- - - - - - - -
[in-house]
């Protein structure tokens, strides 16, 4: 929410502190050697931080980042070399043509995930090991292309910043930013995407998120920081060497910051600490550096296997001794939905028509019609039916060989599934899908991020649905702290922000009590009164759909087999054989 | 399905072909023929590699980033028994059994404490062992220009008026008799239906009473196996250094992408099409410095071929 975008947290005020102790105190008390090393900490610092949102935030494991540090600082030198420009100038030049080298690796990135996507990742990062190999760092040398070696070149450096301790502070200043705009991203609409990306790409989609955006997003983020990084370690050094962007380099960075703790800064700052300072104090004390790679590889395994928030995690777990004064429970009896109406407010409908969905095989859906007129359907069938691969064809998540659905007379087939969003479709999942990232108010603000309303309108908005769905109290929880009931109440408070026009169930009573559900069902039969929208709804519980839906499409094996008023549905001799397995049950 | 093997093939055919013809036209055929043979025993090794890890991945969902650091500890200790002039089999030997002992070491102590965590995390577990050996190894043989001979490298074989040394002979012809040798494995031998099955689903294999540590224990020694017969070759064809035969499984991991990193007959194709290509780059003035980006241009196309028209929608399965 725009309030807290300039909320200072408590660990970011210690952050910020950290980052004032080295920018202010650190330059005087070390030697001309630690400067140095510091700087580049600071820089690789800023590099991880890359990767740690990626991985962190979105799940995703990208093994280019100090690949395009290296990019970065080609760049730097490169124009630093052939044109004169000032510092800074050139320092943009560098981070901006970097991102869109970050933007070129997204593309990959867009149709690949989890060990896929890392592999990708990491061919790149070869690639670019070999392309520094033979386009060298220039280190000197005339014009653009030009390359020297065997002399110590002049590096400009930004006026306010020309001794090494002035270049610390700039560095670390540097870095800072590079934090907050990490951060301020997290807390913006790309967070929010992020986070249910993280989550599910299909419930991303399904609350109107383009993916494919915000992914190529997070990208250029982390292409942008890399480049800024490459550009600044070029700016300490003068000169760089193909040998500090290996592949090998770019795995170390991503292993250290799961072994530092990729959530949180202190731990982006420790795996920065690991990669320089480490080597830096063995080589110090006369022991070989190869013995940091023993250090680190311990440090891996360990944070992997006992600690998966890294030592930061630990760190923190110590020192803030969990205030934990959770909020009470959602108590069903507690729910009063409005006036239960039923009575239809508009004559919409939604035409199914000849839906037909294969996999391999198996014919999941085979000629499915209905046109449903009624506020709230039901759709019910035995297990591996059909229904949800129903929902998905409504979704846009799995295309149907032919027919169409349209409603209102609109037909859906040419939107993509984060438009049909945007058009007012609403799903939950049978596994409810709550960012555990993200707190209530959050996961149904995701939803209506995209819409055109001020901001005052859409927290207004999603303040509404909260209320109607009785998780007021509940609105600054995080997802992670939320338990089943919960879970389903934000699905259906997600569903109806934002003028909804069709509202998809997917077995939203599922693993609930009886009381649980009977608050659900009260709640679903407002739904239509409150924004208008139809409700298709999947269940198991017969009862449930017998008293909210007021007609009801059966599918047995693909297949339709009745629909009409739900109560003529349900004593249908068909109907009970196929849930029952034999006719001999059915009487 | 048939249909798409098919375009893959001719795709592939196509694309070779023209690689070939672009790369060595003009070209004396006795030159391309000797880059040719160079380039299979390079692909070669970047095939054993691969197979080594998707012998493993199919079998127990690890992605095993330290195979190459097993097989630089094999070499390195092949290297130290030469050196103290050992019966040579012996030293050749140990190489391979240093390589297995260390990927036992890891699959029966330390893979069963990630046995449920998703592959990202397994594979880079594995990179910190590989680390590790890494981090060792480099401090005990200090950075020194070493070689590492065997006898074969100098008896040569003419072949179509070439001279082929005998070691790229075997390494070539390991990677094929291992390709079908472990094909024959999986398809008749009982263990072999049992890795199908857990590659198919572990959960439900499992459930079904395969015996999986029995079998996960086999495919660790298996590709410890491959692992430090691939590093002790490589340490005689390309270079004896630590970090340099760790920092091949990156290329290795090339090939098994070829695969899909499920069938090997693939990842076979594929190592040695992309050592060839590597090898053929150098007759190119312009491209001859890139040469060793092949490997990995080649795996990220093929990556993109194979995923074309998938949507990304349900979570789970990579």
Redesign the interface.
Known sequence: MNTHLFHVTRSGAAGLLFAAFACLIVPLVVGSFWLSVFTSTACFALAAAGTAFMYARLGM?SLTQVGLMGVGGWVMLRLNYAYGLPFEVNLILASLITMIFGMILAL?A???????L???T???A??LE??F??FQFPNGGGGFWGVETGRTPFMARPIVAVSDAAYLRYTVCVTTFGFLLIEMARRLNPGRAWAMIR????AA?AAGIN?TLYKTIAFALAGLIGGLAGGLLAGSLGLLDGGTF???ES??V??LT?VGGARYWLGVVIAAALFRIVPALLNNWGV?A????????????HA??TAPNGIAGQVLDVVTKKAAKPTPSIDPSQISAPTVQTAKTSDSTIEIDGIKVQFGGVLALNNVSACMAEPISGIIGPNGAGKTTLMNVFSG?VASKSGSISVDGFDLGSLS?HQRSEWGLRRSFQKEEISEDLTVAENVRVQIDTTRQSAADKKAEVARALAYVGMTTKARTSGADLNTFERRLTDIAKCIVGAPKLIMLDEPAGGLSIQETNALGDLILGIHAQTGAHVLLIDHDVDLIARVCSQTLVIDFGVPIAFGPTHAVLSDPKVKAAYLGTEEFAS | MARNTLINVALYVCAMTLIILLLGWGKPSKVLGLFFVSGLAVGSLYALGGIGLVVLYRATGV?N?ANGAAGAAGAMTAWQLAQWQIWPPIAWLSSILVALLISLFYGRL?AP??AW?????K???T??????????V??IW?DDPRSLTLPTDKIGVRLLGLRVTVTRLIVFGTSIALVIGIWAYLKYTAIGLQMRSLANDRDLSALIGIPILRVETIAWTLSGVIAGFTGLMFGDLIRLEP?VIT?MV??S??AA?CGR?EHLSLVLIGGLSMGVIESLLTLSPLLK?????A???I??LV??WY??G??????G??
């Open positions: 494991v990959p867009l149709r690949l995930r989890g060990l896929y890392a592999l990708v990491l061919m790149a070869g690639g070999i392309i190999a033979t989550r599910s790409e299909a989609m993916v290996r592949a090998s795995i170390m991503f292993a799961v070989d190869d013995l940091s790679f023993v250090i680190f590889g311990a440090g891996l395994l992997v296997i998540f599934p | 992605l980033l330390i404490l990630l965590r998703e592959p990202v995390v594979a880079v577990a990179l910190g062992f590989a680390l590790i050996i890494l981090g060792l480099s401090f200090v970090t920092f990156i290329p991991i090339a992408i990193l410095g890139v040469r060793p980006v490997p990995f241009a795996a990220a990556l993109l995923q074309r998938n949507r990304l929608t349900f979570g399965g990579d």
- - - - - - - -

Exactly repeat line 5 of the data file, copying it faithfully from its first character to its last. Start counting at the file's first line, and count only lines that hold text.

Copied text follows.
């Open positions: 494991v990959p867009l149709r690949l995930r989890g060990l896929y890392a592999l990708v990491l061919m790149a070869g690639g070999i392309i190999a033979t989550r599910s790409e299909a989609m993916v290996r592949a090998s795995i170390m991503f292993a799961v070989d190869d013995l940091s790679f023993v250090i680190f590889g311990a440090g891996l395994l992997v296997i998540f599934p | 992605l980033l330390i404490l990630l965590r998703e592959p990202v995390v594979a880079v577990a990179l910190g062992f590989a680390l590790i050996i890494l981090g060792l480099s401090f200090v970090t920092f990156i290329p991991i090339a992408i990193l410095g890139v040469r060793p980006v490997p990995f241009a795996a990220a990556l993109l995923q074309r998938n949507r990304l929608t349900f979570g399965g990579d």